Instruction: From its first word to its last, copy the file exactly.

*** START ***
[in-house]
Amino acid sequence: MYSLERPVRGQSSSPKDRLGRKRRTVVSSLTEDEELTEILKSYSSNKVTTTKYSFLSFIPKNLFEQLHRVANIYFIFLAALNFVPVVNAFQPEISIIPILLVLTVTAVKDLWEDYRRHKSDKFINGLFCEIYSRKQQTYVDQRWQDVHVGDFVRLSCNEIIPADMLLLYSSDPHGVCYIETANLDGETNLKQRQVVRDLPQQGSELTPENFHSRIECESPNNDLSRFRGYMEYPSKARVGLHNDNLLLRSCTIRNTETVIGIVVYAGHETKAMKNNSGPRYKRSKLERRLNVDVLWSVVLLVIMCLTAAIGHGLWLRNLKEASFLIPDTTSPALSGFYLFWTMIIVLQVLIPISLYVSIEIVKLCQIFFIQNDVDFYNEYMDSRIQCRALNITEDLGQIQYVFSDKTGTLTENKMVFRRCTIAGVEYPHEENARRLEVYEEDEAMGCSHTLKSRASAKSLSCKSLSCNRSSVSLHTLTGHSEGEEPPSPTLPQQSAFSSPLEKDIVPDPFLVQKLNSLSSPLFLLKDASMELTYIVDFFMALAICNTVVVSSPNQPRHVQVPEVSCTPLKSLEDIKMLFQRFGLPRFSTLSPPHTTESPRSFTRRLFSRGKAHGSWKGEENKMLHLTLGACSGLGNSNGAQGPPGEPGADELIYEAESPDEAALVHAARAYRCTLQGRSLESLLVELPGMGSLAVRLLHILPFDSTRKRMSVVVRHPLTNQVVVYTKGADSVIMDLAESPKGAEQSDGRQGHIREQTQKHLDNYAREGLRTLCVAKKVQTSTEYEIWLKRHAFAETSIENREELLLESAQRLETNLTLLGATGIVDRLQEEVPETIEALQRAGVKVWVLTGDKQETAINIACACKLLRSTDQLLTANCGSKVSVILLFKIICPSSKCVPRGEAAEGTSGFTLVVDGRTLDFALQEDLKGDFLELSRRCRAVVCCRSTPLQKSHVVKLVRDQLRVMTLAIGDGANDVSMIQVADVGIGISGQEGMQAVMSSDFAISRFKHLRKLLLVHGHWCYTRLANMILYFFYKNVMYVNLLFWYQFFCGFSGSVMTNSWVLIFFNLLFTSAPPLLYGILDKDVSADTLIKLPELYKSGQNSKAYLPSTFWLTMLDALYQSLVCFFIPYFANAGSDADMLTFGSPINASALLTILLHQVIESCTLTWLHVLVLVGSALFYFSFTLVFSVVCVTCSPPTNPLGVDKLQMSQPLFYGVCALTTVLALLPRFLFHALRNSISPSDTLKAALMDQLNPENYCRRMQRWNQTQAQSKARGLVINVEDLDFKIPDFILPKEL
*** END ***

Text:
[in-house]
Amino acid sequence: MYSLERPVRGQSSSPKDRLGRKRRTVVSSLTEDEELTEILKSYSSNKVTTTKYSFLSFIPKNLFEQLHRVANIYFIFLAALNFVPVVNAFQPEISIIPILLVLTVTAVKDLWEDYRRHKSDKFINGLFCEIYSRKQQTYVDQRWQDVHVGDFVRLSCNEIIPADMLLLYSSDPHGVCYIETANLDGETNLKQRQVVRDLPQQGSELTPENFHSRIECESPNNDLSRFRGYMEYPSKARVGLHNDNLLLRSCTIRNTETVIGIVVYAGHETKAMKNNSGPRYKRSKLERRLNVDVLWSVVLLVIMCLTAAIGHGLWLRNLKEASFLIPDTTSPALSGFYLFWTMIIVLQVLIPISLYVSIEIVKLCQIFFIQNDVDFYNEYMDSRIQCRALNITEDLGQIQYVFSDKTGTLTENKMVFRRCTIAGVEYPHEENARRLEVYEEDEAMGCSHTLKSRASAKSLSCKSLSCNRSSVSLHTLTGHSEGEEPPSPTLPQQSAFSSPLEKDIVPDPFLVQKLNSLSSPLFLLKDASMELTYIVDFFMALAICNTVVVSSPNQPRHVQVPEVSCTPLKSLEDIKMLFQRFGLPRFSTLSPPHTTESPRSFTRRLFSRGKAHGSWKGEENKMLHLTLGACSGLGNSNGAQGPPGEPGADELIYEAESPDEAALVHAARAYRCTLQGRSLESLLVELPGMGSLAVRLLHILPFDSTRKRMSVVVRHPLTNQVVVYTKGADSVIMDLAESPKGAEQSDGRQGHIREQTQKHLDNYAREGLRTLCVAKKVQTSTEYEIWLKRHAFAETSIENREELLLESAQRLETNLTLLGATGIVDRLQEEVPETIEALQRAGVKVWVLTGDKQETAINIACACKLLRSTDQLLTANCGSKVSVILLFKIICPSSKCVPRGEAAEGTSGFTLVVDGRTLDFALQEDLKGDFLELSRRCRAVVCCRSTPLQKSHVVKLVRDQLRVMTLAIGDGANDVSMIQVADVGIGISGQEGMQAVMSSDFAISRFKHLRKLLLVHGHWCYTRLANMILYFFYKNVMYVNLLFWYQFFCGFSGSVMTNSWVLIFFNLLFTSAPPLLYGILDKDVSADTLIKLPELYKSGQNSKAYLPSTFWLTMLDALYQSLVCFFIPYFANAGSDADMLTFGSPINASALLTILLHQVIESCTLTWLHVLVLVGSALFYFSFTLVFSVVCVTCSPPTNPLGVDKLQMSQPLFYGVCALTTVLALLPRFLFHALRNSISPSDTLKAALMDQLNPENYCRRMQRWNQTQAQSKARGLVINVEDLDFKIPDFILPKEL